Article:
Arrow Video: Pulp (1972) - Reviewed

Years before British writer-director Mike Hodges became synonymous with rock band Queen for Flash Gordon in addition to directing music videos for them, he and producer Michael Klinger and actor Michael Caine unveiled what is now regarded as one of the greatest British crime films of all time: Get Carter.  

A straightforward crime thriller with labyrinthine plotting germane to a typically convoluted film noir, the film played heavily on the debonair and suave cool of Michael Caine’s stardom and helped to elevate the actor’s stature as a leading man and heartthrob for the ladies.  Naturally, director Hodges and Caine had to reunite again for another crime film, one that all but turned Get Carter fans’ expectations on their heads with the genre-shifting dark comedy as social critique: Pulp

Originally titled Memoirs of a Ghostwriter, Pulp finds Caine in the role of a sleazy pulp fiction author named Mickey King who wanders from job to job when he isn’t fending off sex starved female fans of his work.  Having retreated to Malta, India, Mickey accepts the task of ghost-writing the autobiography of a mercurial actor.  The actor turns out to be Preston Gilbert (a boundlessly energized Mickey Rooney) who is best known for his roles in crime movies and connections to real mobsters.  Soon, however, Mickey finds himself in over his head and caught in the crossfire amid very real gangster warfare with far more at stake than he previously imagined.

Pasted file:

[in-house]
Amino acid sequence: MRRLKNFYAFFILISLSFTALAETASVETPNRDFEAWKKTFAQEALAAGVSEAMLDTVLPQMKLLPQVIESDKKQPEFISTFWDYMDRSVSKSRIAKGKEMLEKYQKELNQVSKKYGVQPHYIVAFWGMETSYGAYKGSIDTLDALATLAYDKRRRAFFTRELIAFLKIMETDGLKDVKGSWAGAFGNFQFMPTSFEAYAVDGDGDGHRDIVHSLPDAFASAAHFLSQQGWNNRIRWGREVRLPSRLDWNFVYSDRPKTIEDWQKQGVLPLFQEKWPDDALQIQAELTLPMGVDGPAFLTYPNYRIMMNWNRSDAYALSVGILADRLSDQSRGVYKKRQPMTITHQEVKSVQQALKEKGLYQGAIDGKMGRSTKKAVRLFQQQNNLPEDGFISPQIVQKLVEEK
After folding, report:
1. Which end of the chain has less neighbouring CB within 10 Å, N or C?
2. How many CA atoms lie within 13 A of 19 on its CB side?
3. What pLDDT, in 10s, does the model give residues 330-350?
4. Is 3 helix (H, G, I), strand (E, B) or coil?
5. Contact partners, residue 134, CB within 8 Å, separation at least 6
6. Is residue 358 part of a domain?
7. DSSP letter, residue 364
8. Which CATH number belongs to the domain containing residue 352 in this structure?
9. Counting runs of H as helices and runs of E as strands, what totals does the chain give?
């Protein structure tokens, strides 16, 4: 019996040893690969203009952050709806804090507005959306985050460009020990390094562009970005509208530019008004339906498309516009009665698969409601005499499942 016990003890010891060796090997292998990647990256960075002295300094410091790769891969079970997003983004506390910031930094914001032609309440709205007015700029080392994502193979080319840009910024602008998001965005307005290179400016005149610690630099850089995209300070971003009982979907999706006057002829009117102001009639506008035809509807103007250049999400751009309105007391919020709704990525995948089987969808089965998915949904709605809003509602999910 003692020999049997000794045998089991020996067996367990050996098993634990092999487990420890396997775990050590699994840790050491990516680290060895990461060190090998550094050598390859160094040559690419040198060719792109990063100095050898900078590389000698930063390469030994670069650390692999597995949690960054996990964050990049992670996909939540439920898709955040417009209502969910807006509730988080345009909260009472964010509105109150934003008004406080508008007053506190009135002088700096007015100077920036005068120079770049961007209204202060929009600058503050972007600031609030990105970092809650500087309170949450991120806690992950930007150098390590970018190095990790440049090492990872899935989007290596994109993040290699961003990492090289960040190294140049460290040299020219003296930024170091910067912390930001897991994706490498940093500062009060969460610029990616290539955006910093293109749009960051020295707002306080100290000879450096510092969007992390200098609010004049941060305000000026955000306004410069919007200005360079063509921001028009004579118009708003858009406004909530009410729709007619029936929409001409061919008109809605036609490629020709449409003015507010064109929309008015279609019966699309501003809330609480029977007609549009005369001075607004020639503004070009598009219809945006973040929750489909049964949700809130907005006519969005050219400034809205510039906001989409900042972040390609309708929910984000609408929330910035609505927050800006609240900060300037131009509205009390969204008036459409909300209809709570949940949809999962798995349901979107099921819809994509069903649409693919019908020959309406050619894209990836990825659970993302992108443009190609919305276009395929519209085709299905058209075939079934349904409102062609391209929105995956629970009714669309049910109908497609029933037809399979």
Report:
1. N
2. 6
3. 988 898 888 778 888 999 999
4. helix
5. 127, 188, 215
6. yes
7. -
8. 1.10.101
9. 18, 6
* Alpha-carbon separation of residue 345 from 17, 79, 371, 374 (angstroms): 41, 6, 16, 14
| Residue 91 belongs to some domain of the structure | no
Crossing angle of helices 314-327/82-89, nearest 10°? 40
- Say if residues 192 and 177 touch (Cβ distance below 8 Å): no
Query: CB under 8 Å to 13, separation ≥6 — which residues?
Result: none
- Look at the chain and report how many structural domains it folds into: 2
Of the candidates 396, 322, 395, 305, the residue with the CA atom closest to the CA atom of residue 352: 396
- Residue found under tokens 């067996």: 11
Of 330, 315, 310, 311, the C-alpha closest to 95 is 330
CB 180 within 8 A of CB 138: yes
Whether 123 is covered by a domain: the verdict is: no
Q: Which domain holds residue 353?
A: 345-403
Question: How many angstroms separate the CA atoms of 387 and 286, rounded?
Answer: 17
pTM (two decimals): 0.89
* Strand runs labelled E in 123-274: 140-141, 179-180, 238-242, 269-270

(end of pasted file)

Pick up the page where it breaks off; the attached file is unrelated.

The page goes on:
Both an actor’s picture and a curiously even more discombobulating narrative than Get Carter with a difficult-to-pin tightrope walk between gangster violence, assailment of then recent Italian fascism and surreal screwball comedy, Pulp is the kind of genre hybrid that could only exist in the era of late 60s British free cinema coined by director Lindsay Anderson’s if… and O Lucky Man!  The film gleefully unrolls a freeform bevy of sight gags, double-crossings and thinly veiled attacks on the resurgence of totalitarianism, all delivered through the prism and decorum of late swinging 60s England. 

Caine’s voiceover narration coupled with The Beatles producer George Martin’s oddball jazzy score provide the typical machinations of film noir while all but defying the tropes akin to the genre.  If the slick opening title sequence doesn’t signify Pulp is going to be an offbeat venture, nothing else will.  While mostly Caine’s show, Mickey Rooney as the manic and hyperactive movie star arguably comes across as even more abrasive and intimidating Napoleonic figure than in John Frankenheimer’s television drama The Comedian.  Watching Rooney’s scenes in Pulp, one wonders just how much of it was scripted and how much improvisation just rolled off the top of the actor’s head.

Understandably, fans of Get Carter were mystified by the actor-director reunion, unable to fully gauge which genre it committed to.  As a result, the film was often overlooked for years as a bit of a perplexing misfire.  Seen today, while still a bit all over the place, you sense the cast and crew are having a lot of fun with the seemingly off-the-cuff plotline and the rich location photography by Ousama Rawi remains scenic and gorgeous.  Moreover, Michael Caine completests and newfound fans of the still-active writer-director will find immense entertainment value here with what is as much of a pungent sociopolitical critique as it is a plain old lark.

- Andrew Kotwicki